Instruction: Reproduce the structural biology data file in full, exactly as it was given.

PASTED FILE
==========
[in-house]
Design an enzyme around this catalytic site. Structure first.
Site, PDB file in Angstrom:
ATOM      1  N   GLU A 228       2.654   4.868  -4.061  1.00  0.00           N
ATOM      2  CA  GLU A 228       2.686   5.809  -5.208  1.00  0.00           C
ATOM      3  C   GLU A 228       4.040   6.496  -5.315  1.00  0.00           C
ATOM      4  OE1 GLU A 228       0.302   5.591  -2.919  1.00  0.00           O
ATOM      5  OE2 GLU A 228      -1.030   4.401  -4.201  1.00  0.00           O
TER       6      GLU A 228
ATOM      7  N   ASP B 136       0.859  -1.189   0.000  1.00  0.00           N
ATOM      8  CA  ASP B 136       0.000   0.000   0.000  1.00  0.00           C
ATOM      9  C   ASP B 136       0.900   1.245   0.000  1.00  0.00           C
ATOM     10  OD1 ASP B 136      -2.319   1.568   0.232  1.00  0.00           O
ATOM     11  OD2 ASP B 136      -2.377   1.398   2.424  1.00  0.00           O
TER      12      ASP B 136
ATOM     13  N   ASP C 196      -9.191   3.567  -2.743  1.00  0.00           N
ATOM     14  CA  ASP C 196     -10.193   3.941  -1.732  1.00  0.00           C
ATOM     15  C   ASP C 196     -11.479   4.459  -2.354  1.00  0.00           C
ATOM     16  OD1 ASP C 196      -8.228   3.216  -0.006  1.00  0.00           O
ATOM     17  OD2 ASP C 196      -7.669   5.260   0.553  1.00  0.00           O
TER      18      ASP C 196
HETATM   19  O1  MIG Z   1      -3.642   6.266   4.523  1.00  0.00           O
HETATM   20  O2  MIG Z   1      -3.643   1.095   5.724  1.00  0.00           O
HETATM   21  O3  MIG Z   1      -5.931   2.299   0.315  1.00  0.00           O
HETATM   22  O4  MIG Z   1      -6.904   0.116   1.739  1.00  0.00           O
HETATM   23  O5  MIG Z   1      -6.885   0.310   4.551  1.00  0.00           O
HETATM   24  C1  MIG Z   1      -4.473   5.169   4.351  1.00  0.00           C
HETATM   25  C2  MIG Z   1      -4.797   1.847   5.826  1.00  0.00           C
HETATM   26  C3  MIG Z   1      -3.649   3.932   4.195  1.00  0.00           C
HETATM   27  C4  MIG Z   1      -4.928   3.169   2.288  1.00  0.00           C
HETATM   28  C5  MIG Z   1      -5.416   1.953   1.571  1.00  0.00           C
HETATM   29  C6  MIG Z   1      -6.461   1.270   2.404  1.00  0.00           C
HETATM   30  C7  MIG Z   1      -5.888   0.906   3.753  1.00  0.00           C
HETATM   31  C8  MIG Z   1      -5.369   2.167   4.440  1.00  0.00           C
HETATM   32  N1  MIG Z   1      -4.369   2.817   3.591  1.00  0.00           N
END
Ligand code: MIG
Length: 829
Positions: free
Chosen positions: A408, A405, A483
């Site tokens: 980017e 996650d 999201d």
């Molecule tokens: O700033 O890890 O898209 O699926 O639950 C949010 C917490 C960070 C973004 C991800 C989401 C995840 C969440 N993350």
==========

[in-house]
Design an enzyme around this catalytic site. Structure first.
Site, PDB file in Angstrom:
ATOM      1  N   GLU A 228       2.654   4.868  -4.061  1.00  0.00           N
ATOM      2  CA  GLU A 228       2.686   5.809  -5.208  1.00  0.00           C
ATOM      3  C   GLU A 228       4.040   6.496  -5.315  1.00  0.00           C
ATOM      4  OE1 GLU A 228       0.302   5.591  -2.919  1.00  0.00           O
ATOM      5  OE2 GLU A 228      -1.030   4.401  -4.201  1.00  0.00           O
TER       6      GLU A 228
ATOM      7  N   ASP B 136       0.859  -1.189   0.000  1.00  0.00           N
ATOM      8  CA  ASP B 136       0.000   0.000   0.000  1.00  0.00           C
ATOM      9  C   ASP B 136       0.900   1.245   0.000  1.00  0.00           C
ATOM     10  OD1 ASP B 136      -2.319   1.568   0.232  1.00  0.00           O
ATOM     11  OD2 ASP B 136      -2.377   1.398   2.424  1.00  0.00           O
TER      12      ASP B 136
ATOM     13  N   ASP C 196      -9.191   3.567  -2.743  1.00  0.00           N
ATOM     14  CA  ASP C 196     -10.193   3.941  -1.732  1.00  0.00           C
ATOM     15  C   ASP C 196     -11.479   4.459  -2.354  1.00  0.00           C
ATOM     16  OD1 ASP C 196      -8.228   3.216  -0.006  1.00  0.00           O
ATOM     17  OD2 ASP C 196      -7.669   5.260   0.553  1.00  0.00           O
TER      18      ASP C 196
HETATM   19  O1  MIG Z   1      -3.642   6.266   4.523  1.00  0.00           O
HETATM   20  O2  MIG Z   1      -3.643   1.095   5.724  1.00  0.00           O
HETATM   21  O3  MIG Z   1      -5.931   2.299   0.315  1.00  0.00           O
HETATM   22  O4  MIG Z   1      -6.904   0.116   1.739  1.00  0.00           O
HETATM   23  O5  MIG Z   1      -6.885   0.310   4.551  1.00  0.00           O
HETATM   24  C1  MIG Z   1      -4.473   5.169   4.351  1.00  0.00           C
HETATM   25  C2  MIG Z   1      -4.797   1.847   5.826  1.00  0.00           C
HETATM   26  C3  MIG Z   1      -3.649   3.932   4.195  1.00  0.00           C
HETATM   27  C4  MIG Z   1      -4.928   3.169   2.288  1.00  0.00           C
HETATM   28  C5  MIG Z   1      -5.416   1.953   1.571  1.00  0.00           C
HETATM   29  C6  MIG Z   1      -6.461   1.270   2.404  1.00  0.00           C
HETATM   30  C7  MIG Z   1      -5.888   0.906   3.753  1.00  0.00           C
HETATM   31  C8  MIG Z   1      -5.369   2.167   4.440  1.00  0.00           C
HETATM   32  N1  MIG Z   1      -4.369   2.817   3.591  1.00  0.00           N
END
Ligand code: MIG
Length: 829
Positions: free
Chosen positions: A408, A405, A483
């Site tokens: 980017e 996650d 999201d």
């Molecule tokens: O700033 O890890 O898209 O699926 O639950 C949010 C917490 C960070 C973004 C991800 C989401 C995840 C969440 N993350």